Hanratty: the truth at last?

Michael Streeter on the latest twist in a celebrated murder mystery
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The Independent Online
AFTER 35 years, three official inquiries, hundreds of press articles and numerous books, the fight to clear the name of the man hanged for the infamous A6 murder may be close to a breakthrough.

The conviction of James Hanratty still excites huge interest, and not just because of morbid fascination with how a married man was shot in cold blood at a spot called Deadman's Hill and his young lover left crippled.

For if, as many believe, Hanratty was wrongly convicted, there can be no belated Birmingham Six-style release for him: the small-time burglar was executed just two months after his trial in 1962.

The latest instalment in the Hanratty saga, which has been kept alive by his family and campaigners, is a potentially explosive Scotland Yard re-examination of the facts by Chief Superintendent Roger Matthews. His report is now with the Home Secretary, Michael Howard, awaiting a decision.

Although no details have been revealed, Ch Supt Matthews has intimated to people close to the case that his verdict is that Hanratty was wrongly convicted. His report is also likely to shatter the belief that just one person was involved in the killing.

Such a conclusion would almost certainly persuade Mr Howard to refer the case back to the Court of Appeal, where the conviction would be quashed. Even if he refused to refer the case, there would still be a legal hearing, because Hanratty's family say they would seek a judicial review against such an "unreasonable" act.

However, the posthumous clearing of Hanratty would not just build another plank in the argument against capital punishment, but would also raise the inevitable question: if Hanratty did not commit the murder, who did?

For many campaigners, including veteran investigator Paul Foot, the finger has long pointed at Peter Alphon, the man originally arrested for the August 1961 murder but later released.

Alphon made an alleged "confession" in Paris several years later. Foot, and others, maintain that he has - despite playing verbal games - stuck to this.

However, the former door-to-door salesman, now 66 and in poor health, claims that such people have "got the wrong end of the stick" and he wants a full inquiry into all the facts.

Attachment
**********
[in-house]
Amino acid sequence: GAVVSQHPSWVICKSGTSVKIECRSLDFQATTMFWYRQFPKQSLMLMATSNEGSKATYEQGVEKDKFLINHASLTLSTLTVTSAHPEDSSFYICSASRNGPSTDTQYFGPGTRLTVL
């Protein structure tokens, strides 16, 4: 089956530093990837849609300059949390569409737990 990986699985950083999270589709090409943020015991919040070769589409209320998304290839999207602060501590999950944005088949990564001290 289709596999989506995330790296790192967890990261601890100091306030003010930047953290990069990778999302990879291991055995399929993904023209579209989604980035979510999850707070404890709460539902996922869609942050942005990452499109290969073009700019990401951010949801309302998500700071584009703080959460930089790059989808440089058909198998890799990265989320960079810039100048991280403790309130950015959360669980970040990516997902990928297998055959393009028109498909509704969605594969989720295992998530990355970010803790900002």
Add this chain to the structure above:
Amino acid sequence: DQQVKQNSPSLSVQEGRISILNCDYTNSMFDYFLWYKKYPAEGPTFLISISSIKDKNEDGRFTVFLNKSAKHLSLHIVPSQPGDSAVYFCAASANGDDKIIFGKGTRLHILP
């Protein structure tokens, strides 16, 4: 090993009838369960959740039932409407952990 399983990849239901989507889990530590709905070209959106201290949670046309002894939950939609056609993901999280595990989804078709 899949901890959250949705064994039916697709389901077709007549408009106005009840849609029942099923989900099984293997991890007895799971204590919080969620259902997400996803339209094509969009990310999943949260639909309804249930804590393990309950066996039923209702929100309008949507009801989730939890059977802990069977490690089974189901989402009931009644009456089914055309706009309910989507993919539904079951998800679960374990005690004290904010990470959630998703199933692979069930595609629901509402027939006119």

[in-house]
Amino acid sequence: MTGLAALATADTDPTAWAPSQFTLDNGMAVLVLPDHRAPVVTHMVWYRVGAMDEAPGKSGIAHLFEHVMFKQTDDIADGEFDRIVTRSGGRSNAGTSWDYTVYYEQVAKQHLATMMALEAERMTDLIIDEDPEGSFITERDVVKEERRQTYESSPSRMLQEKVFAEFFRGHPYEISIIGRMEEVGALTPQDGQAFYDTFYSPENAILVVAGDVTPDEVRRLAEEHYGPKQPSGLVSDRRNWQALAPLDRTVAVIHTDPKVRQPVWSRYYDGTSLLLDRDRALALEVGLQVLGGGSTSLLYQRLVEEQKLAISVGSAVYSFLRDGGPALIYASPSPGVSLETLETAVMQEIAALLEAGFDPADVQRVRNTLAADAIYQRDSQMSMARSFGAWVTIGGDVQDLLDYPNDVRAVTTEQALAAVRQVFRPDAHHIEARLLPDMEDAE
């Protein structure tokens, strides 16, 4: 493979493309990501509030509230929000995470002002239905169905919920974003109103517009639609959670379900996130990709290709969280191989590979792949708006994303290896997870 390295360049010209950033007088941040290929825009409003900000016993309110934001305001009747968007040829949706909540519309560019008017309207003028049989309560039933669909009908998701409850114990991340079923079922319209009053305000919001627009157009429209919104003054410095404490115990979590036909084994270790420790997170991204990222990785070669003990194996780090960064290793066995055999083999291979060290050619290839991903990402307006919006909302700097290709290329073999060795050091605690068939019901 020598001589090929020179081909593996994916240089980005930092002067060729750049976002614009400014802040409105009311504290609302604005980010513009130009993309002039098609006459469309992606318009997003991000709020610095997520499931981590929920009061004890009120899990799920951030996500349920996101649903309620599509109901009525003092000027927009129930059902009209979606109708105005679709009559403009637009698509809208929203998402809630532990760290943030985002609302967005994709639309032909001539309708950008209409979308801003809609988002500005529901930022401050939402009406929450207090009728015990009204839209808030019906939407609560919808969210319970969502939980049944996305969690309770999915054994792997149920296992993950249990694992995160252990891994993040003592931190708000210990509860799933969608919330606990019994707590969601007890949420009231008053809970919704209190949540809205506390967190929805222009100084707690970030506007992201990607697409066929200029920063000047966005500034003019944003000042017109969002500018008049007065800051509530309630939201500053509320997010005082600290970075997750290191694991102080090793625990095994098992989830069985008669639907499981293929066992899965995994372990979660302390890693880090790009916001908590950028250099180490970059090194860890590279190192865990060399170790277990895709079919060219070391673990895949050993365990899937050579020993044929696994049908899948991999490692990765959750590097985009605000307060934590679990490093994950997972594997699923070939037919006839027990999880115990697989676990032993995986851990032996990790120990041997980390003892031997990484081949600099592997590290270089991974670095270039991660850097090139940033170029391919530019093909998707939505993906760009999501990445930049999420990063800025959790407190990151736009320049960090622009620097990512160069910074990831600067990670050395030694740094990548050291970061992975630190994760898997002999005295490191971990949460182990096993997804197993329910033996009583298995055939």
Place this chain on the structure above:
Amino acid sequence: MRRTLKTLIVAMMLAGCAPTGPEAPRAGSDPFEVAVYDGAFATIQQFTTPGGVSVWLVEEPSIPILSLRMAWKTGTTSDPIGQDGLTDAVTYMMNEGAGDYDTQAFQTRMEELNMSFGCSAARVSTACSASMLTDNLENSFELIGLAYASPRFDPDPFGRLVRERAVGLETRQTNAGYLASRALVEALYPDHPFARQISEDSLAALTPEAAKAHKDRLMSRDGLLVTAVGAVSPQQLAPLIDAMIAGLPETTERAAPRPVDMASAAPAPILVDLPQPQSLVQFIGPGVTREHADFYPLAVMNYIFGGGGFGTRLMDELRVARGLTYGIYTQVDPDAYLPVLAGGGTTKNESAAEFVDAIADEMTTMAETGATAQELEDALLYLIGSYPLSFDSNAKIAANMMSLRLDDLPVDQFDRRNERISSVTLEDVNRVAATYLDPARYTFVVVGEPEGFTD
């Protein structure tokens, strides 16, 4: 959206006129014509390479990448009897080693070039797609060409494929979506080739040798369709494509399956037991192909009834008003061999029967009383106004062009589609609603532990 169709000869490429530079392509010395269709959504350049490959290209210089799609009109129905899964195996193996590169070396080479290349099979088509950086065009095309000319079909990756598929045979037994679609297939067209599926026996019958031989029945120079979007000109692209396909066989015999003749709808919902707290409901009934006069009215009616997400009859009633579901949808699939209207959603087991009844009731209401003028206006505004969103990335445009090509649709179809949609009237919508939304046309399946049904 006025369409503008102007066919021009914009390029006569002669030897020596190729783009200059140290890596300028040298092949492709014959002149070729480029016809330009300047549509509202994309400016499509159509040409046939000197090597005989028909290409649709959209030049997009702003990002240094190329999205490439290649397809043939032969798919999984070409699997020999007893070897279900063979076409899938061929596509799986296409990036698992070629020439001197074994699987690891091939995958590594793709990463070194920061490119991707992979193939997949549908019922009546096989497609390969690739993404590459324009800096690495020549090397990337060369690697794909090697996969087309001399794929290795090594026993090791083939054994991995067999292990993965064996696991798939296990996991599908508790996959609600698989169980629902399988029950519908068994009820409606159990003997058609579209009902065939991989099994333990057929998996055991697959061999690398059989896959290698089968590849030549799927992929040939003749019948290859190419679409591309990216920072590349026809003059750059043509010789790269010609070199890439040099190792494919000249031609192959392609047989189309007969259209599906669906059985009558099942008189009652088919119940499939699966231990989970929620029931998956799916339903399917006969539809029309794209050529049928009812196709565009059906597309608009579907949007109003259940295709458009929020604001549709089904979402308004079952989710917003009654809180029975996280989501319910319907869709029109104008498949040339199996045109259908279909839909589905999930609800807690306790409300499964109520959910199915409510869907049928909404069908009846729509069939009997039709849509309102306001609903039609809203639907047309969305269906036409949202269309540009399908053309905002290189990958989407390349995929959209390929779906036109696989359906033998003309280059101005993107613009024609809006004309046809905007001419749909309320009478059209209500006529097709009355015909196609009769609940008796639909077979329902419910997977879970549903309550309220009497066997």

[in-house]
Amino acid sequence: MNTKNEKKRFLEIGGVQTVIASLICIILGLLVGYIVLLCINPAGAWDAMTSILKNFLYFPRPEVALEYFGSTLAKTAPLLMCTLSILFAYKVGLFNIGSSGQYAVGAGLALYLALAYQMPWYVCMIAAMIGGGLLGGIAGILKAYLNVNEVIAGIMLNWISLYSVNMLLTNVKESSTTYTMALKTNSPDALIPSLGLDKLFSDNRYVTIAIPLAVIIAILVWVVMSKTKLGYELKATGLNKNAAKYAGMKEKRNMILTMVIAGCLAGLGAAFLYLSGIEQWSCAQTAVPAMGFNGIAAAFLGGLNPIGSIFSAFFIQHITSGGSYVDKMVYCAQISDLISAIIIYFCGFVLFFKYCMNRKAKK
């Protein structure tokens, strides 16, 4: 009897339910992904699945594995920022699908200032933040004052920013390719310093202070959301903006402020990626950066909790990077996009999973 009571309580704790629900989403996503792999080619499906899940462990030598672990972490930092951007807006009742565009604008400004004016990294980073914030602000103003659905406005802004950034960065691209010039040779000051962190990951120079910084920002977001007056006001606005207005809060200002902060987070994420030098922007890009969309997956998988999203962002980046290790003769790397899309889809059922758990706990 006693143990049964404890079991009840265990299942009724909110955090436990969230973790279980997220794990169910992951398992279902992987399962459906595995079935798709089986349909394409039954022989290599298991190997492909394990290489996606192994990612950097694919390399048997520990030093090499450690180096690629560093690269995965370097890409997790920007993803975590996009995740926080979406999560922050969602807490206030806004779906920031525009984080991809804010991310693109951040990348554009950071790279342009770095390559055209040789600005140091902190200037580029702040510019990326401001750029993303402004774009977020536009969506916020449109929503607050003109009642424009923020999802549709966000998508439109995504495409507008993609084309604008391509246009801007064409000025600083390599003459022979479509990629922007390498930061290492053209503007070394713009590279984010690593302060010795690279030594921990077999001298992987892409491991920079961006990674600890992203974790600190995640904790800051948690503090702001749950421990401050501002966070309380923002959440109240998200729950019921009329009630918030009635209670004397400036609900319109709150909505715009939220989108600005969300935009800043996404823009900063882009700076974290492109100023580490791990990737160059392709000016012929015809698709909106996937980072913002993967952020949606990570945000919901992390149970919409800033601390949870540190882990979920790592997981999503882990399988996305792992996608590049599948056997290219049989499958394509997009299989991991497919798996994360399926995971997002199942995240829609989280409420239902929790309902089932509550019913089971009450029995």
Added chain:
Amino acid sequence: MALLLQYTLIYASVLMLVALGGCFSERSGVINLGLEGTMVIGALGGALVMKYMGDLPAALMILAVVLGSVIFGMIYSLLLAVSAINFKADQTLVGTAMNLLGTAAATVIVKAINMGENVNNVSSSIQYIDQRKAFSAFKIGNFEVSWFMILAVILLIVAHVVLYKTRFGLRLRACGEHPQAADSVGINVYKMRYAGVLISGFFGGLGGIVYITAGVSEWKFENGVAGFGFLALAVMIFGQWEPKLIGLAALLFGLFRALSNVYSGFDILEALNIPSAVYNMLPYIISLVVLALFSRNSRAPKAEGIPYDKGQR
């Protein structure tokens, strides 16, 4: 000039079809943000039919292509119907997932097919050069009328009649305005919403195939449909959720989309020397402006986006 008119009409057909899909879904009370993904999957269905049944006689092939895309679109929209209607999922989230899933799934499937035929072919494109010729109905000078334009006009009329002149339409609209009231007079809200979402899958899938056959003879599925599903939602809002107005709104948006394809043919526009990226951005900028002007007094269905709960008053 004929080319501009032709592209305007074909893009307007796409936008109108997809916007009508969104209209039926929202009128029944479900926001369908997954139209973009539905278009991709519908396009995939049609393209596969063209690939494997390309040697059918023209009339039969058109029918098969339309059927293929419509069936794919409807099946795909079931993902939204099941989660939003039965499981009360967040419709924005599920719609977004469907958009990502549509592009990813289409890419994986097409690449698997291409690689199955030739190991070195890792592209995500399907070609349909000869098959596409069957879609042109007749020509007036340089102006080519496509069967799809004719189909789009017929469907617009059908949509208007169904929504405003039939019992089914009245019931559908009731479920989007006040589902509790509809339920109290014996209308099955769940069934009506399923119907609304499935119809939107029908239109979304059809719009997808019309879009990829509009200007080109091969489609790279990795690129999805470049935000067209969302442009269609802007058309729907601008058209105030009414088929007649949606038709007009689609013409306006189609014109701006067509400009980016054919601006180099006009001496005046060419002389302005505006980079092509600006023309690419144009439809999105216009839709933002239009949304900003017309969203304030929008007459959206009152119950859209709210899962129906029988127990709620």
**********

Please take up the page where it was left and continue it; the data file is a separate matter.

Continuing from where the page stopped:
He told the Independent on Sunday: "I'm refusing to say whether I committed the murder or not. I do deny that I regularly confessed to it. I want a full public inquiry - I have nothing to fear."

His intention appears to be to encourage the authorities to examine all the background to the case, which is one reason why he does not want Hanratty to be granted a pardon. "I do not want everything that has transpired since to be brushed under the carpet. I want all the facts to come out," he said.

This is a clear reference to one of the most puzzling and important aspects of the A6 murder. How did the killer happen to be in the cornfield where the lovers regularly met?

The Scotland Yard report, which has taken 18 months to complete, is expected to address this point.

The apparent acceptance from the beginning that the scientist Michael Gregsten and his lover, Valerie Storie, were stalked, abducted and then attacked by a random killer - as Hanratty was described - has always seemed incredible.

One of the most implausible parts of the case against Hanratty - apart from an apparently sound alibi that he was in North Wales at the time of the murder - is what brought this urban-dwelling bit-part criminal to the cornfield near Maidenhead, in Berkshire.

Mr Alphon is unshakeable on this point. "There were other people involved. I know there were."

He believes that one of the other people was the murdered man's spurned wife, Janet Gregsten, who died recently, and at least one and possibly two others. He also maintains there was "corruption" which later prevented the wider truth coming out.

Mrs Gregsten, who certainly knew of her husband's affair, vehemently denied any involvement during a series of interviews with Paul Foot shortly before her death.

Mr Alphon insists: "I met her several times after the murder and it was always implicit between us that she was involved."

If the Scotland Yard report is as powerful and wide-ranging as rumours suggest, then the clearing of James Hanratty may not after all be the beginning of the end of the saga, but the start of a entirely new chapter.

The signs are that Mr Howard will make his decision soon, but Home Office sources, mindful of the case's long and controversial history, will not be drawn on a likely date.

Miss Storie, whose identification evidence helped convict Hanratty, told the Independent on Sunday last week that the findings were "of no concern" to her.